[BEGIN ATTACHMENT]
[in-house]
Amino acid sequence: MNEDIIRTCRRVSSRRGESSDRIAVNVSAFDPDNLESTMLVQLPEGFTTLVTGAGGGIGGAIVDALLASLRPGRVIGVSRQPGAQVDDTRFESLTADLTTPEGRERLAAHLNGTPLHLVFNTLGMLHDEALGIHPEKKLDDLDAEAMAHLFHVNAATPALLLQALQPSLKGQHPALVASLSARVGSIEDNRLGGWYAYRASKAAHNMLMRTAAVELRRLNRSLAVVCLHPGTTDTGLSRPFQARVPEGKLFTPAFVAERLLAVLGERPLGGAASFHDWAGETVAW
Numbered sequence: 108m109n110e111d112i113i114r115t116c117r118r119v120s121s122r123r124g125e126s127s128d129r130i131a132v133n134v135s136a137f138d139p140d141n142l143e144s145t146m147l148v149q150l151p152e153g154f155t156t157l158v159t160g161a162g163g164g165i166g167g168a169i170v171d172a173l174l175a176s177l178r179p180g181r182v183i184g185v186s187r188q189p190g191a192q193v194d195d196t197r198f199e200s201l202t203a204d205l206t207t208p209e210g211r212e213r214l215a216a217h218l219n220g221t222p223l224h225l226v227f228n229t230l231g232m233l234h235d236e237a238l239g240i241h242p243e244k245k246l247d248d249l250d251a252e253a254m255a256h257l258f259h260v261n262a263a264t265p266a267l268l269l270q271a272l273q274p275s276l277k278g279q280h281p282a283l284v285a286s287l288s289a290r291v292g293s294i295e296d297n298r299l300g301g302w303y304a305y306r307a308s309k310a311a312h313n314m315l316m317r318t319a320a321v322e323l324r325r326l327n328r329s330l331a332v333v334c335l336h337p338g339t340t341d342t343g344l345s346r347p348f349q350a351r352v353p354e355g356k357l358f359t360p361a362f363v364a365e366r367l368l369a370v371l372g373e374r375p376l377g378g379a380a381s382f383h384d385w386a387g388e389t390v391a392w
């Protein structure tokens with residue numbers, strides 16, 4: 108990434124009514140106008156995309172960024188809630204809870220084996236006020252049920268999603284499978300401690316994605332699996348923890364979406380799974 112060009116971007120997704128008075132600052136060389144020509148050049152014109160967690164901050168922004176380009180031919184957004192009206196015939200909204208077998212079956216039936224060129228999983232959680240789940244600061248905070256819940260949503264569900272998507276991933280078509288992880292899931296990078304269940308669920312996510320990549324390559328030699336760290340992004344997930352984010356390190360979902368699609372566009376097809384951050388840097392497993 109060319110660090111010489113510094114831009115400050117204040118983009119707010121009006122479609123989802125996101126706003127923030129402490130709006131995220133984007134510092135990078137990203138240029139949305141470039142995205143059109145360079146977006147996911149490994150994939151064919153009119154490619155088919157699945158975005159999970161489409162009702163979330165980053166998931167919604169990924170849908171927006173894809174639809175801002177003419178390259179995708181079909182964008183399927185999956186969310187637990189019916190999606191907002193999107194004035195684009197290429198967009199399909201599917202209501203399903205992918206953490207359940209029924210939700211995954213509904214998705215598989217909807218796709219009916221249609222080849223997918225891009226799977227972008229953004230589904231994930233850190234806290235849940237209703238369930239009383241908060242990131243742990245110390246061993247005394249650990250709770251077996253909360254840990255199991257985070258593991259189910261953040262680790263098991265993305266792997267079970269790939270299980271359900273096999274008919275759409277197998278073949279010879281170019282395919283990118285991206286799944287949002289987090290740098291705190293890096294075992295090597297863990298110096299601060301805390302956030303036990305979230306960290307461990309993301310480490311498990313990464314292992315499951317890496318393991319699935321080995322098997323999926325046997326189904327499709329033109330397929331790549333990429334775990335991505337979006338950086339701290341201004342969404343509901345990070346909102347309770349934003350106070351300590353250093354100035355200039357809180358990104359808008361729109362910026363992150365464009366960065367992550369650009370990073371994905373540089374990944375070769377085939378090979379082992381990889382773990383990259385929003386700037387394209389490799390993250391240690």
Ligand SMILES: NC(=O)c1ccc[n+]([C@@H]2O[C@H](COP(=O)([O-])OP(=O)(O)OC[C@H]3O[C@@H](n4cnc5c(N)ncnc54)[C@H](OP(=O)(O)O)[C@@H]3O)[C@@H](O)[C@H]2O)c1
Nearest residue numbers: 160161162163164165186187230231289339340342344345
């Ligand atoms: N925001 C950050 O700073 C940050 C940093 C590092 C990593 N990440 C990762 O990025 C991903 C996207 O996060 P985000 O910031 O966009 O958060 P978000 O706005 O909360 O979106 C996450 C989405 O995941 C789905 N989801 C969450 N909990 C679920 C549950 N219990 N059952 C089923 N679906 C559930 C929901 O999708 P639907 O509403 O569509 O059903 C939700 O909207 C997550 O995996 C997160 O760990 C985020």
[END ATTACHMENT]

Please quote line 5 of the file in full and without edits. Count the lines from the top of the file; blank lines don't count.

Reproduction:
Ligand SMILES: NC(=O)c1ccc[n+]([C@@H]2O[C@H](COP(=O)([O-])OP(=O)(O)OC[C@H]3O[C@@H](n4cnc5c(N)ncnc54)[C@H](OP(=O)(O)O)[C@@H]3O)[C@@H](O)[C@H]2O)c1